“Breath is the bridge which connects life to consciousness, which unites your body to your thoughts.
Whenever your mind becomes scattered, use your breath as the means to take hold of your mind again.” Thich Nhat Hanh, Buddhist monk, meditation teacher, & author
Do you find yourself taking a deep breath before tackling a difficult task? You’re not alone, we all do it. Scientific studies have suggested that the way we breathe can have a positive impact on our performance.
Breathing and Our Brain
Northwestern Medicine scientists found that the electrical activity created by the rhythm of breathing in the brain enhances emotional judgment and memory. Also, inhalation and exhalation were found to affect brain activity differently.
The respiration rhythm dictates some of the electrical activity in our brain that is believed to reflect communication between different brain regions involved in memory, emotion, attention, and body awareness. Therefore, it can also affect our performance.
Scientists believe that breathing in through the nose as opposed to the mouth has positive effects on the brain. Additionally, inhalation affects the amygdala, the part of the brain that processes fear and threatening stimuli, and the hippocampus, which has an important role in learning and memory. Exhalation doesn’t have as strong an effect as inhalation does.
Benefits of Controlled Breathing
For centuries, humans have practiced controlled breathing for its positive effects on their bodies and state of mind. Paced breath activates the brain regions that control emotions and memory, among others.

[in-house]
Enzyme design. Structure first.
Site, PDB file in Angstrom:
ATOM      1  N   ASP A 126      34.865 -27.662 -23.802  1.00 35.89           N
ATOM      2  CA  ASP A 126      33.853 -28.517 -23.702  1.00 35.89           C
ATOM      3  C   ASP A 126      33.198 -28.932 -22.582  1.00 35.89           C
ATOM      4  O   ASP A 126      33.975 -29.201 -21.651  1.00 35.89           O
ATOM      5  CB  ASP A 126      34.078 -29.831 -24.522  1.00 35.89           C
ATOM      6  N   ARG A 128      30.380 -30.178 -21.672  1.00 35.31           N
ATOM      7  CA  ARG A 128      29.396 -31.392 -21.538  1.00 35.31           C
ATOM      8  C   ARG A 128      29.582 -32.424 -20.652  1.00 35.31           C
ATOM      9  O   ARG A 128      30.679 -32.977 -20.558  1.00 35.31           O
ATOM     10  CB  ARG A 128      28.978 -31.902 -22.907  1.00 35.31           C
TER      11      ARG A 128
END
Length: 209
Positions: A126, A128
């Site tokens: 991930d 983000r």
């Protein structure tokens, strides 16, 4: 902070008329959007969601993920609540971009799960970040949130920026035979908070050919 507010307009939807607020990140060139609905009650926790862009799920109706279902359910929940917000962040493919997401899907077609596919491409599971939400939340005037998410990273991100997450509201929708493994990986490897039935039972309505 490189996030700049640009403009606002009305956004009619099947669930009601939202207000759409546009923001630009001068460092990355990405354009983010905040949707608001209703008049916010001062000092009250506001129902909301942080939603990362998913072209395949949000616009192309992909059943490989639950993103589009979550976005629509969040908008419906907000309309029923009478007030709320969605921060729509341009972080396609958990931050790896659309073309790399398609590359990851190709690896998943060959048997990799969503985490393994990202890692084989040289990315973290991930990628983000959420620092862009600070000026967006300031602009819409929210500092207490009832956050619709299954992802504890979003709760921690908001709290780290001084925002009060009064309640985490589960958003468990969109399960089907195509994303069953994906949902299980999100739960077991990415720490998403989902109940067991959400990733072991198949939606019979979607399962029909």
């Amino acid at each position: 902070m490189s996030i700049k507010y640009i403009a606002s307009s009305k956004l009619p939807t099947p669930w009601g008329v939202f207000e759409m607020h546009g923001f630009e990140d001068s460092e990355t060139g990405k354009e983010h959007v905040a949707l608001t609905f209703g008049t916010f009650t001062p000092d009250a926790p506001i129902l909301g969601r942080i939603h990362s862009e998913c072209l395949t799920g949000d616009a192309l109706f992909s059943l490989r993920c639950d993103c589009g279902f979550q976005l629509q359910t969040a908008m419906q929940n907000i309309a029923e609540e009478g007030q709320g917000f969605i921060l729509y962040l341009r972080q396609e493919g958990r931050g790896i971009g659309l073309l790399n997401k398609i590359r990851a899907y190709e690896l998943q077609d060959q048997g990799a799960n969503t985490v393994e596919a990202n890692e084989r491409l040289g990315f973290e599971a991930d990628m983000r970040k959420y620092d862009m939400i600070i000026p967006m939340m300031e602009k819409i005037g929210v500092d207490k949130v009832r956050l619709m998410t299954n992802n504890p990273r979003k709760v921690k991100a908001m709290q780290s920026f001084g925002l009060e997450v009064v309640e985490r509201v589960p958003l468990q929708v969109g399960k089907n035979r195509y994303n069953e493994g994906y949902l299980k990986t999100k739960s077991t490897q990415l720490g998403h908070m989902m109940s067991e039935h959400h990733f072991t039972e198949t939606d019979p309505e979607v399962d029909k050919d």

So, what is paced breathing? Paced breathing involves inhaling through the nose and exhaling following a set rhythm. This type of breathing taps into neural networks, thus gaining the ability to regulate our response to stress. For example, quick breathing makes us more attuned to fear. However, if we slow down our breath, we can reduce fear and anxiety.
Also, breathing affects the release of the neurotransmitter norepinephrine. Norepinephrine increases alertness, arousal, and attention, and affects mood, memory, and sleep. As you inhale, the activity in the brain rises and produces norepinephrine. As you exhale, the activity slows down. Therefore, taking slow deep breaths helps your ability to focus and increase your productivity.
Helpful Breathing Techniques
Practice the following breathing exercises to lower your heart rate and relax, create internal balance, and relieve stress. Remember to sit in a comfortable position with your back straight, in a quiet environment without interruptions.
Close your eyes and focus on the rise and fall of your chest as you inhale and exhale. Focus on one part of the body at a time (arms, shoulders, etc.). Tense that part for three seconds and relax. Repeat it until you feel that tension is reduced.
Empty the air in your lungs through your mouth. Close your mouth and count to four while you inhale. Hold your breath and count to seven. Slowly exhale through your mouth to a count of eight. Now repeat this cycle four times in total.
Take a few deep breaths. Then, allow your breath to come to its natural rhythm. Count every exhalation up to five and start the cycle again. If you find yourself counting to higher numbers, your attention has wandered. Focus on the breath and start again.
Unless you can go to a yoga class to do guided meditation, you’ll find that certain apps like Headspace or Calm work just as well.
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